Should we reject nuclear technology because of potential human errors? On ave. 2,700 people die everyday in car accidents. Why do you still use car?

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  98. 98. jctyler 7:41 am 02/13/2013

    Don’t blame it on the author, it’s simply another one of SciAm’s increasingly annoying blunders. How can somebody be giving space in SciAm for an article of this level? What does that say about today’s SciAm?

    The first thing that happens, it encourages the nutters. Like the brain-dead muppet who for the 500th time repeats an inance link trying to make believe that Chernobyl forest has become an animal sanctuary when the contrary is true. Animals grow smaller, nearly all have multiple tumors, birds brains have shrunk, trees grow in all kinds of weird and sick shapes because their DNA is unrepairable damaged, and here comes this dummy with his eternal garbage.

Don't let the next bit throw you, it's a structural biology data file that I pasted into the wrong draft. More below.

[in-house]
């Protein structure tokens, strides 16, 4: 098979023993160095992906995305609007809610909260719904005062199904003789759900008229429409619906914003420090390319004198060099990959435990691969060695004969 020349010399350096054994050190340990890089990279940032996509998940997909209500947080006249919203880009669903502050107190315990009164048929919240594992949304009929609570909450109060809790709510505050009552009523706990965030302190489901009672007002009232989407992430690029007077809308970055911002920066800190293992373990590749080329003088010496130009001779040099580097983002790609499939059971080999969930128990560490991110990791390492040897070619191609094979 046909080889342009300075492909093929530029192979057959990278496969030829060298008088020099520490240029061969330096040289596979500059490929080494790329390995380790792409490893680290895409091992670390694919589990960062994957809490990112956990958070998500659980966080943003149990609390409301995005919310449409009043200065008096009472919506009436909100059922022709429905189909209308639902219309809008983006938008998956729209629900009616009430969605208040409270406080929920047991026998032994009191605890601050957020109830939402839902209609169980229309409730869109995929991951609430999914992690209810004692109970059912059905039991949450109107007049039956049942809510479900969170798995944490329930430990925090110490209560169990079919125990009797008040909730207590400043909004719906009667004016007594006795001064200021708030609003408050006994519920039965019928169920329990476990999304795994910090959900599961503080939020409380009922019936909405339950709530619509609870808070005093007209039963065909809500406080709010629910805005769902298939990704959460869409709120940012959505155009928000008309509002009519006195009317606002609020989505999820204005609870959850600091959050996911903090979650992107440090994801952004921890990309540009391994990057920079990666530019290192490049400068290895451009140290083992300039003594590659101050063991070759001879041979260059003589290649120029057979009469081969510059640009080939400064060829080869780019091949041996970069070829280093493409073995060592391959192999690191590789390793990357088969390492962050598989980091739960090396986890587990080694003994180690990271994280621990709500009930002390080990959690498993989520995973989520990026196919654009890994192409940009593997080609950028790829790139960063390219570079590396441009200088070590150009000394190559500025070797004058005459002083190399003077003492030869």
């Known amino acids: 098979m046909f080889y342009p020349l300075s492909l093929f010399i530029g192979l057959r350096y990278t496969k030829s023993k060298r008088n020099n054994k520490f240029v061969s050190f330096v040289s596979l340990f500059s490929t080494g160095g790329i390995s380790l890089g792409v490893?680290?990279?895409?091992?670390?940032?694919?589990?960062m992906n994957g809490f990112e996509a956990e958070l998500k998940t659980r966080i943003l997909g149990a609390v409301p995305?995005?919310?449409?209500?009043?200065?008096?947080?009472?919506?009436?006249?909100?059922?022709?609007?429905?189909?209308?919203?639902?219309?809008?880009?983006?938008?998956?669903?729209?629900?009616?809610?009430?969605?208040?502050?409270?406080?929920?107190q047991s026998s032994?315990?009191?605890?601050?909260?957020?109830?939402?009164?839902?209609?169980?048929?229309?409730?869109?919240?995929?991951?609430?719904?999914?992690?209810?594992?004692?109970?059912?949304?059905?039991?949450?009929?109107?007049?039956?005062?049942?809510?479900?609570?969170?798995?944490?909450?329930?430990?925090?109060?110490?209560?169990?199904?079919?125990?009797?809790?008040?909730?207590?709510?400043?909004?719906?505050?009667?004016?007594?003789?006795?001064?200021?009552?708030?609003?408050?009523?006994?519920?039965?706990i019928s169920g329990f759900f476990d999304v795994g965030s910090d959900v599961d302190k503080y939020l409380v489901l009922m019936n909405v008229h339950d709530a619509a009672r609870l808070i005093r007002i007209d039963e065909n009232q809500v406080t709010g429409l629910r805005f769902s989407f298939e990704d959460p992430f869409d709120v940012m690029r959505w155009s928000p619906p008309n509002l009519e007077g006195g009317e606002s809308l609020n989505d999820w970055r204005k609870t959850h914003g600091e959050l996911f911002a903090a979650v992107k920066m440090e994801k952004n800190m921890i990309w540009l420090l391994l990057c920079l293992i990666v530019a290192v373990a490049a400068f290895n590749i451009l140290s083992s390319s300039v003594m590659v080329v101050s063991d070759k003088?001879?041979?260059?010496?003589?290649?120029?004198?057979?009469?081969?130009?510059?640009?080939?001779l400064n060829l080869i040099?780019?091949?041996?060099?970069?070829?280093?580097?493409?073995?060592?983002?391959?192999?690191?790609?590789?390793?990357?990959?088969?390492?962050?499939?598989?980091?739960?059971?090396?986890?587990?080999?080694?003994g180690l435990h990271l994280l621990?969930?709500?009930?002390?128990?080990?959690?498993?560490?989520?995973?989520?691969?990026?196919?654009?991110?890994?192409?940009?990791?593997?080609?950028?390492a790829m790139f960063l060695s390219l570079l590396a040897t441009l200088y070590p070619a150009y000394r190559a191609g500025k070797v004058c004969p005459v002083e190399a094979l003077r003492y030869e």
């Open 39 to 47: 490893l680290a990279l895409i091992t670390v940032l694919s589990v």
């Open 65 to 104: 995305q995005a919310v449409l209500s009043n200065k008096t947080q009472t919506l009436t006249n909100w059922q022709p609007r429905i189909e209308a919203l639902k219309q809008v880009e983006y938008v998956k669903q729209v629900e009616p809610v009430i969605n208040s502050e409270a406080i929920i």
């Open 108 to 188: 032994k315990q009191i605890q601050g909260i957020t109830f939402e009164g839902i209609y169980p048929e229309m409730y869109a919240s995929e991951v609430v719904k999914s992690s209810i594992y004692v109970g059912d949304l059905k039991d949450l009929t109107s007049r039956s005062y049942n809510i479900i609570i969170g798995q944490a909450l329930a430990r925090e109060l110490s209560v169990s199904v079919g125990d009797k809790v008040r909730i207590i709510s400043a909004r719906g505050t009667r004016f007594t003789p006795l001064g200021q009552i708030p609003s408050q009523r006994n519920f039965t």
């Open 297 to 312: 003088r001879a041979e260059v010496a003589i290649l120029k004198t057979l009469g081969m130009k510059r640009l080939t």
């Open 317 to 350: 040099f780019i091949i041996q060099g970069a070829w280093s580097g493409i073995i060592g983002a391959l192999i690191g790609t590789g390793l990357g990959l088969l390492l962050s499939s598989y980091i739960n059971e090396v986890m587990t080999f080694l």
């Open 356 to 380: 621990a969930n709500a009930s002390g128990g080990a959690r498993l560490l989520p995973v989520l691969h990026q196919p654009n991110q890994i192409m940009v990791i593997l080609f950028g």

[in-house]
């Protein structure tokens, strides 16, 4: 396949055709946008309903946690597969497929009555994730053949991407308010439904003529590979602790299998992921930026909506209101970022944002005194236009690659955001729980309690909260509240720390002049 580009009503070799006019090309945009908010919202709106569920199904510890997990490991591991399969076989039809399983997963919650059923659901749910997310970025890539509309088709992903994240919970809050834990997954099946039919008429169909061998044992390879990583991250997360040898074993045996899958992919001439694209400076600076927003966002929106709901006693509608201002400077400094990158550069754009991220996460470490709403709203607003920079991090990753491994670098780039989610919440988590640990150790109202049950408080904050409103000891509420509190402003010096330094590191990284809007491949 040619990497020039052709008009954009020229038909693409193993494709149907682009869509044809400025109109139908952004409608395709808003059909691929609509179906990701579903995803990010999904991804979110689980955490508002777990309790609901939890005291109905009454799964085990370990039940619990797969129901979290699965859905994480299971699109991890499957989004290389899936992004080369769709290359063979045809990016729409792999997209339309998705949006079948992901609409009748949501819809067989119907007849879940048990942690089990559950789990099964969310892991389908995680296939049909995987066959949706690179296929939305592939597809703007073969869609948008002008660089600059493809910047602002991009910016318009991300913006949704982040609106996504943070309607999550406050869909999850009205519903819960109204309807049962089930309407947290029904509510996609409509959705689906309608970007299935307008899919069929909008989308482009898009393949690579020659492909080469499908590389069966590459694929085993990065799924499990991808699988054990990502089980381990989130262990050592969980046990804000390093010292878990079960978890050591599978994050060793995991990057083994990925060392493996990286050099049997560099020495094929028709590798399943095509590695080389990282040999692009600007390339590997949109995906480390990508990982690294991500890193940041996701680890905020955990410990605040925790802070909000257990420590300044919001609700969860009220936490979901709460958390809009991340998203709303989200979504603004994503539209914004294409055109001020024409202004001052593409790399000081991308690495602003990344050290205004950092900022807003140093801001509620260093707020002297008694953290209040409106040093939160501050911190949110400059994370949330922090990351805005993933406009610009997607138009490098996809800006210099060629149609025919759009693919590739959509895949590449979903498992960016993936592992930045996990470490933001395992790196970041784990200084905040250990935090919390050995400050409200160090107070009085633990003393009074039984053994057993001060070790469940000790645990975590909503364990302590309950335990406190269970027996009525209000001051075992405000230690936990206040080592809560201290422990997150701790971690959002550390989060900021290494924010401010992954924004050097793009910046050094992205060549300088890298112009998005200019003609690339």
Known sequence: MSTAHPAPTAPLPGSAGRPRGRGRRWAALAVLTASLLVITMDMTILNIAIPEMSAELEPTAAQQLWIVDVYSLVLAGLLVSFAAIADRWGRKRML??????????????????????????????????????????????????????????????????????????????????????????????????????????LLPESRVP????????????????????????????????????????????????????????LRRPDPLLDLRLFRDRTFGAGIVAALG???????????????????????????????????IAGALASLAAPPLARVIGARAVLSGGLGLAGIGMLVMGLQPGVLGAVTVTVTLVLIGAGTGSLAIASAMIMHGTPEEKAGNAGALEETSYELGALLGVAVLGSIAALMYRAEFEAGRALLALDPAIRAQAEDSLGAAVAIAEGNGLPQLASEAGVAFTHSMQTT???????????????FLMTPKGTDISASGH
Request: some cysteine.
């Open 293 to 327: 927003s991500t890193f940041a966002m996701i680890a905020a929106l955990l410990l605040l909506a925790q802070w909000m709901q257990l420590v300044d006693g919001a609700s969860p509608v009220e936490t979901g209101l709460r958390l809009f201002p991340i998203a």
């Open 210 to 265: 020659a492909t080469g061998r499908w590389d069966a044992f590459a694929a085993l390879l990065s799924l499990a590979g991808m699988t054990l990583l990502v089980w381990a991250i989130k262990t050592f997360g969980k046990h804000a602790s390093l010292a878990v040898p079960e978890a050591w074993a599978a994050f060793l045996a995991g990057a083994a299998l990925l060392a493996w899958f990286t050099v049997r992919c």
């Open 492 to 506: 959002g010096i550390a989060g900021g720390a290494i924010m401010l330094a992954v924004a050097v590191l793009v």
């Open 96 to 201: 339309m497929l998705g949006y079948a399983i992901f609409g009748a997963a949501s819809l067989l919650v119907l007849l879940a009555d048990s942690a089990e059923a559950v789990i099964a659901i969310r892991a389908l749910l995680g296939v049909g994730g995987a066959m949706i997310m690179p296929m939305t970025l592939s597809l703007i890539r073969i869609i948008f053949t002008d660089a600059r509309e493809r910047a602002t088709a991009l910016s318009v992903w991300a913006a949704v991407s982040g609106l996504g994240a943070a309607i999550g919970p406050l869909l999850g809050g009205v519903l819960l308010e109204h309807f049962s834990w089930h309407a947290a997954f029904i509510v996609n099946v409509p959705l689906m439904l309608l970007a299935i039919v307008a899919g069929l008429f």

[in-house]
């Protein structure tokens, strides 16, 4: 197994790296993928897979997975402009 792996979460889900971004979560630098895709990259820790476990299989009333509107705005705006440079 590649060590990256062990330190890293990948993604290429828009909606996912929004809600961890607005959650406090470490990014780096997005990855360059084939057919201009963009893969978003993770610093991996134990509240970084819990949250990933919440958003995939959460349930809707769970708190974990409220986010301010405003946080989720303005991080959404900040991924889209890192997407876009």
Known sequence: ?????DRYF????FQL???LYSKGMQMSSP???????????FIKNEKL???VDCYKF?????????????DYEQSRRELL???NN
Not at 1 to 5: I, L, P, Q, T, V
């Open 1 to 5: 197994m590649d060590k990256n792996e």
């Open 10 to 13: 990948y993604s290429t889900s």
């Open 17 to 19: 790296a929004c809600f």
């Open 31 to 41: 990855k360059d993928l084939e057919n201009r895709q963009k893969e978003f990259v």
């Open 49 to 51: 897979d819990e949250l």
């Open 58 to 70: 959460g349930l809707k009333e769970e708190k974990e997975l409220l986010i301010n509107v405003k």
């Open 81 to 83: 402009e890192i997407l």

And the human fall-out from Chernobyl is already and increasingly rather substantial if doctors and scientists are to be believed and definitely FAR higher than the small numbers given here dishonestly by some. But no, SciAm’s staff finds this kind of article necessary.

    The author has disqualified himself on so many levels for his junk-food for thought he should really consider a job in a more appropriate industry. But that is not the problem. The problem is that SciAm’s blogspace is managed so poorly these days the number of worthless blogs has equalled the number of good ones and one has to ask to have heads rolling from blog management to certain blogging staffers to nincompoopery such as above.